After exploring the heart of the Bear River Canyon your journey arrives at a quiet little mountain community dotted with historic buildings and Victorian homes, that reveal only a few clues of its wild past during the Gold Rush days. Founded in 1851, the small mountain town of Dutch Flat quickly became a gold rush boomtown and one of the richest mining locations in the state of California. During its heyday, Dutch Flat had a thriving dramatical and debating society with a beautiful opera house. In fact, Mark Twain would often lecture at the opera house in the town that locals referred to as the “Athens of the Foothills.” The mining town of Dutch Flat was named after two German immigrants, the Joseph and Charles Dorbach brothers who settled here in 1851. The unique name of Dutch Flat derived from Charles’ nickname, “Dutch Charley Flat.” During its heyday between 1851 and 1873, the bustling mining town of Dutch Flat had a larger population than any other town in Placer County. During this period people flocked into town from around the world and at its peak, there were nearly 2,000 Chinese immigrants and several thousand European American miners who worked the rich gold-bearing ridge above Bear River Canyon. Today the entire region is deeply scarred by the hydraulic mining of the day, which was essentially water blasting with huge cannons known as "monitors". Besides its prominence as a mining center, it was also a stage station, making it one of the largest, and most important towns in the county from about 1864 to 1866. In the fall of 1866, after the railroad had reached Cisco, 20 miles farther up the ridge, Dutch Flat lost much of its importance as a stage stop. During the 1870s, hydra-mining operations at Dutch Flat had reached its peak. In 1872, the Cedar Creek Company of London purchased as many as 32 claims and worked them on a gigantic scale. Millions in gold were taken from the placers, with one nugget alone being worth $5000. With the price of gold in those days valued at about $17 to $20 per ounce, one has an idea of its enormity. Located near the edge of town is the historic pioneer American cemetery and just above the town, are the Chinese burial grounds, half hidden among the pines. Most or all of the bodies have long been removed from their graves and taken back to China. The old site of Dutch Flat Chinatown, located near the railroad tracks, one mile above the main townsite was once a large population during its heyday but has now nearly faded away into obscurity.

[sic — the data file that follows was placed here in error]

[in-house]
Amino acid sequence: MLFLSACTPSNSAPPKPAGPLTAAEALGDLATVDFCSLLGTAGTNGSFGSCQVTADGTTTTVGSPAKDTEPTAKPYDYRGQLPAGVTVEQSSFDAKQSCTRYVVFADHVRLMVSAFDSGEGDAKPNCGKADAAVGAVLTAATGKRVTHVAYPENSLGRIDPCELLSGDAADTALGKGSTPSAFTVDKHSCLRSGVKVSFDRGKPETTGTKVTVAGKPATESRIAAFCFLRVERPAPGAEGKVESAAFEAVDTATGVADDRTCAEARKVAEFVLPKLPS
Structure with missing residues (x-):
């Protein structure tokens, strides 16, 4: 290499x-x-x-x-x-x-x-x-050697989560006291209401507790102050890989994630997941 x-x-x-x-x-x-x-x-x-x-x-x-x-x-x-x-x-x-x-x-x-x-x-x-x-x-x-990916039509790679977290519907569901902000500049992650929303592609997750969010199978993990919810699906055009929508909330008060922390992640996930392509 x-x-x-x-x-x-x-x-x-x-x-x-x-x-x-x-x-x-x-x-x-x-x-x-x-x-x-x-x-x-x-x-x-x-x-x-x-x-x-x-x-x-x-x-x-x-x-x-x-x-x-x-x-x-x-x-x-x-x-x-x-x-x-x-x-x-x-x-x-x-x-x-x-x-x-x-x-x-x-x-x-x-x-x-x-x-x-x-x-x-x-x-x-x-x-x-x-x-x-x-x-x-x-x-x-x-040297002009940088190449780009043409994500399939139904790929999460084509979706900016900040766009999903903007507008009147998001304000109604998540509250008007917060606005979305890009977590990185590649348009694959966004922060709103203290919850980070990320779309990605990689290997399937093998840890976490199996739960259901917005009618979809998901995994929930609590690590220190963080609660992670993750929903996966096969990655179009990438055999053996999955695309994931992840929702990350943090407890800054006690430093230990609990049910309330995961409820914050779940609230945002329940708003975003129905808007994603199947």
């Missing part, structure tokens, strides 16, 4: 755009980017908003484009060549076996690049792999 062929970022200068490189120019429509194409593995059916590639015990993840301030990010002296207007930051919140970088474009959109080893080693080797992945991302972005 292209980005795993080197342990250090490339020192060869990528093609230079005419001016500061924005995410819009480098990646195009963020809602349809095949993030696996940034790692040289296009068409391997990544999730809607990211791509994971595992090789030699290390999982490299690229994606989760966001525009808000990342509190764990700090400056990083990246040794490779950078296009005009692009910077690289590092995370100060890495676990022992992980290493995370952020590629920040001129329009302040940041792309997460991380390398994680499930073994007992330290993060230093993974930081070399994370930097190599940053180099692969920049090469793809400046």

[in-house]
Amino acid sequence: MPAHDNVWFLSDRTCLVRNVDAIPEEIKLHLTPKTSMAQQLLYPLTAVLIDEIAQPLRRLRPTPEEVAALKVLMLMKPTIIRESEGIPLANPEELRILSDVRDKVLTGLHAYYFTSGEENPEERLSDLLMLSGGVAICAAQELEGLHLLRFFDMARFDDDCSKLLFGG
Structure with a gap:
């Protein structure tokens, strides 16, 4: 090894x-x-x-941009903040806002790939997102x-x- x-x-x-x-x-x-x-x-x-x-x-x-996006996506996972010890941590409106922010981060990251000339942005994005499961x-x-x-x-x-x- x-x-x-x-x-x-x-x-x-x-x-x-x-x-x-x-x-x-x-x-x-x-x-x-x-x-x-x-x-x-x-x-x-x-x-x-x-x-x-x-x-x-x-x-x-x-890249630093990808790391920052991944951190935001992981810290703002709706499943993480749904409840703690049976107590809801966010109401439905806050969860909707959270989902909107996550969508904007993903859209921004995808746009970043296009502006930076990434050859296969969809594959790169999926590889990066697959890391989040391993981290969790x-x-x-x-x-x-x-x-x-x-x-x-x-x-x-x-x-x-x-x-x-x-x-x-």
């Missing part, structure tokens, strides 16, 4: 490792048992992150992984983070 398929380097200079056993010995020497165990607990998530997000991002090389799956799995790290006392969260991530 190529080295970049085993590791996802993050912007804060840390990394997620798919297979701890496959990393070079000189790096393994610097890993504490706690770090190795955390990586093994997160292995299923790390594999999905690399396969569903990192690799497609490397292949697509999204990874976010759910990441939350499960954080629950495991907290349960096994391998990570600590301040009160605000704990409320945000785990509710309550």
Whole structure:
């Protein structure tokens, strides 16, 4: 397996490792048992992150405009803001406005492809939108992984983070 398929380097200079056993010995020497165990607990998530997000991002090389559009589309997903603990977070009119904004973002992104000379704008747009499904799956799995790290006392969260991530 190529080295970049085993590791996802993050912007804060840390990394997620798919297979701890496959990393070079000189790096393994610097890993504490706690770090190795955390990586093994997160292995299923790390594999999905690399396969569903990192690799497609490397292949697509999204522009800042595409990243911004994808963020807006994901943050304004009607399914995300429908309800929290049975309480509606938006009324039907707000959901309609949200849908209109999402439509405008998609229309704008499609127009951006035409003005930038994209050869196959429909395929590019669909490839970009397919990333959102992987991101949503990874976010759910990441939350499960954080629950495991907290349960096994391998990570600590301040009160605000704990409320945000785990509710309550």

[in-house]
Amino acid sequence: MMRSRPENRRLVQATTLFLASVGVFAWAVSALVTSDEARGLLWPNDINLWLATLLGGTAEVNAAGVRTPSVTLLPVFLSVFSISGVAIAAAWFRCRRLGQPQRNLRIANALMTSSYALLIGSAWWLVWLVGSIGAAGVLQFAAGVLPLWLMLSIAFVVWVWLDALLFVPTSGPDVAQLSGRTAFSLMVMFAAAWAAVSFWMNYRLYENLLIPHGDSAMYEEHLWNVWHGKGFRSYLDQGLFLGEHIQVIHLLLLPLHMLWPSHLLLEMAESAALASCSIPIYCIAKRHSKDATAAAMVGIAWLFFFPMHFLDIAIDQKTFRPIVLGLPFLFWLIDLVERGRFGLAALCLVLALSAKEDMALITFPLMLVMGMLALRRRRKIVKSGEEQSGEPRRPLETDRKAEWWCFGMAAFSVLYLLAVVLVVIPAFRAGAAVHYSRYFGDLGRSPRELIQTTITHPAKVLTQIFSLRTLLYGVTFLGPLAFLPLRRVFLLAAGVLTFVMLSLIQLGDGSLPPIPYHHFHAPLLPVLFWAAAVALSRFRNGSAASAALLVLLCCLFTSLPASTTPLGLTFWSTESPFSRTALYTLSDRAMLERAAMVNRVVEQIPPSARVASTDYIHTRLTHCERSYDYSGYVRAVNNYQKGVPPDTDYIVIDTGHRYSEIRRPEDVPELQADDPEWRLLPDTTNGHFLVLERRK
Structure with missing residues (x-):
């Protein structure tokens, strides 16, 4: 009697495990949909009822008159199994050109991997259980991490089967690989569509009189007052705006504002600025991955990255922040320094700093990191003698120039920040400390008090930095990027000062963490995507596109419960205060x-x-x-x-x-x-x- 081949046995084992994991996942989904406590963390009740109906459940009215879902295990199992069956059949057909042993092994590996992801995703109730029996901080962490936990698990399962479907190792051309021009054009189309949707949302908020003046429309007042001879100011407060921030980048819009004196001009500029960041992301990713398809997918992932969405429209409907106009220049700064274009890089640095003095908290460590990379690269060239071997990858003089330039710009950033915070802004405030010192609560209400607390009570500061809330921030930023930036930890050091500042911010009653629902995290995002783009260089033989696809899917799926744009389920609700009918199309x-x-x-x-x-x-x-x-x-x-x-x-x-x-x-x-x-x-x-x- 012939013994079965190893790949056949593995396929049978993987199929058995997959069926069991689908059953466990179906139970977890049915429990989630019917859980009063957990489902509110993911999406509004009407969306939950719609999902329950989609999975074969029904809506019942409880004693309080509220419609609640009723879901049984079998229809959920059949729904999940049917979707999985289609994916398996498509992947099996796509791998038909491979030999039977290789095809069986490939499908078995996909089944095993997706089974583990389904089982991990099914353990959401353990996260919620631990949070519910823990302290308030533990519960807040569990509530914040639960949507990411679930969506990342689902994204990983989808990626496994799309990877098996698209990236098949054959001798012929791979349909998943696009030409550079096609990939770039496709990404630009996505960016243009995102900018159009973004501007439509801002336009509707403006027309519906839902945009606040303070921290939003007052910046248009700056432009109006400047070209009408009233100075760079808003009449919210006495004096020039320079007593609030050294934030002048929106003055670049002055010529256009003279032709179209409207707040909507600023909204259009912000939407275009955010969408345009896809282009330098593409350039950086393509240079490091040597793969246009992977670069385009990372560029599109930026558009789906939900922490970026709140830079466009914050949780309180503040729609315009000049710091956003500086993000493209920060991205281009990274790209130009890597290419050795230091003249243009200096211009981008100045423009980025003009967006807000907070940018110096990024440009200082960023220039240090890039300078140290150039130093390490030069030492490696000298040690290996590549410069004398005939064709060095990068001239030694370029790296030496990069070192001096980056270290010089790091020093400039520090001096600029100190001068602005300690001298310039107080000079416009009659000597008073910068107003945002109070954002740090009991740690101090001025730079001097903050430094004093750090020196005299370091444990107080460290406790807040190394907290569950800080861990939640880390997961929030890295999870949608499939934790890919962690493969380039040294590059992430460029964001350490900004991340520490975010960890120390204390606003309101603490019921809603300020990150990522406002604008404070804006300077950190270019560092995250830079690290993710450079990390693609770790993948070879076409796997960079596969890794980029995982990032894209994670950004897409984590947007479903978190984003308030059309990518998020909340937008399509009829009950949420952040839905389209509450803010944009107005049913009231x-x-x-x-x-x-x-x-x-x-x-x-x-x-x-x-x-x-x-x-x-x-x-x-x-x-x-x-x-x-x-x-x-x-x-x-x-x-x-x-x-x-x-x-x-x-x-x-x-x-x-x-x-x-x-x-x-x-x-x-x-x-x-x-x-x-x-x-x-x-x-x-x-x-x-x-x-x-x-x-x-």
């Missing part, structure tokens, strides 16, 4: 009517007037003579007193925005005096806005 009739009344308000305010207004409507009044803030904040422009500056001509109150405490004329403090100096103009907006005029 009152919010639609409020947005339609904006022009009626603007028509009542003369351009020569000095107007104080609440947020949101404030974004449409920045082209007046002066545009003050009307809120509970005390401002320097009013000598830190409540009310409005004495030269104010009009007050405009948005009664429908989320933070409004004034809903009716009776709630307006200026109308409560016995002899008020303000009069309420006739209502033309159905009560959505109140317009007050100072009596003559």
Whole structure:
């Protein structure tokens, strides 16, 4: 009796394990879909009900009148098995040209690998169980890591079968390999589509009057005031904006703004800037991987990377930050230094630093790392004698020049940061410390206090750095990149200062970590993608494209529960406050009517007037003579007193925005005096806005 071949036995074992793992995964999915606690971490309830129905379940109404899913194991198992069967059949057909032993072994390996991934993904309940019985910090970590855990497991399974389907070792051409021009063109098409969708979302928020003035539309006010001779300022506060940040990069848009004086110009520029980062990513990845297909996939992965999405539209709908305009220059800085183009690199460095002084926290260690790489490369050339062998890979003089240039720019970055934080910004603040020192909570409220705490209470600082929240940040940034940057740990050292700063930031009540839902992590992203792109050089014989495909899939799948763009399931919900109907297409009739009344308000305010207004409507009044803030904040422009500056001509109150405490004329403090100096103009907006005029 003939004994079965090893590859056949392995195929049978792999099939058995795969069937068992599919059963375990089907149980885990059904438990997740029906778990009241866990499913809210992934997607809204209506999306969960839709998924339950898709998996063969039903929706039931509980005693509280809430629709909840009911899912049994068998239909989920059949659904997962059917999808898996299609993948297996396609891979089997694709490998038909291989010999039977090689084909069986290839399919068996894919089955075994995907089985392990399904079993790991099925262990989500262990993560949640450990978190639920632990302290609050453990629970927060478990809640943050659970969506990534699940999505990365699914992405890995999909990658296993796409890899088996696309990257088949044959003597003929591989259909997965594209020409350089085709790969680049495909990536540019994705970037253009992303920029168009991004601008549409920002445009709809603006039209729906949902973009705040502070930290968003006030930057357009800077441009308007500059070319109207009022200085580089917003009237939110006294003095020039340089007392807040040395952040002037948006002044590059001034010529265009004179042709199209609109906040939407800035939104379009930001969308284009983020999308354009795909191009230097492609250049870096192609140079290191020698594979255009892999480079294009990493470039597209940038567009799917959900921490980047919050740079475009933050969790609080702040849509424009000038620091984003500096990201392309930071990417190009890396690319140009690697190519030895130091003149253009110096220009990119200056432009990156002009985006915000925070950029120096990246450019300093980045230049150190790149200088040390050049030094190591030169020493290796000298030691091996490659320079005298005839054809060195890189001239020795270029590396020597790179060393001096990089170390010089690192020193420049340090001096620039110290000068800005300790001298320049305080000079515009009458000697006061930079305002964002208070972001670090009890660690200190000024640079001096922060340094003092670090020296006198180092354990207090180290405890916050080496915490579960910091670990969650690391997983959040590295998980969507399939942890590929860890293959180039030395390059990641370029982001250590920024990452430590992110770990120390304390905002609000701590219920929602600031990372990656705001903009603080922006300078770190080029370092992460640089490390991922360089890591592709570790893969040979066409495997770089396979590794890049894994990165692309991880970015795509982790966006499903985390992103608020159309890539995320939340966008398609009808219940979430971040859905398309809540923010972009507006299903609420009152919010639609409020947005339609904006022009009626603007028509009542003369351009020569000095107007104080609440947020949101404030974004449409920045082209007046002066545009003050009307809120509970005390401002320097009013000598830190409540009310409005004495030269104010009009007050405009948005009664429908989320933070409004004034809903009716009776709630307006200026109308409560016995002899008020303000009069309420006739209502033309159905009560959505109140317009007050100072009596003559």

Today the quiet little mountain town of Dutch Flat has been preserved against the ravages of fire, storm, and commercialism that have changed other mining communities throughout the Mother Lode region. Among the oldest buildings in town are the Odd Fellows Hall, Masonic Temple, the Dutch Flat Hotel, Methodist Church, and the Dutch Flat Trading Post including the small General Store that’s still in operation and provides a much-needed stop for a cold drink after exploring the remote Bear River Canyon. These unique historic buildings have all survived the test of time from a bygone era known as the California Gold Rush.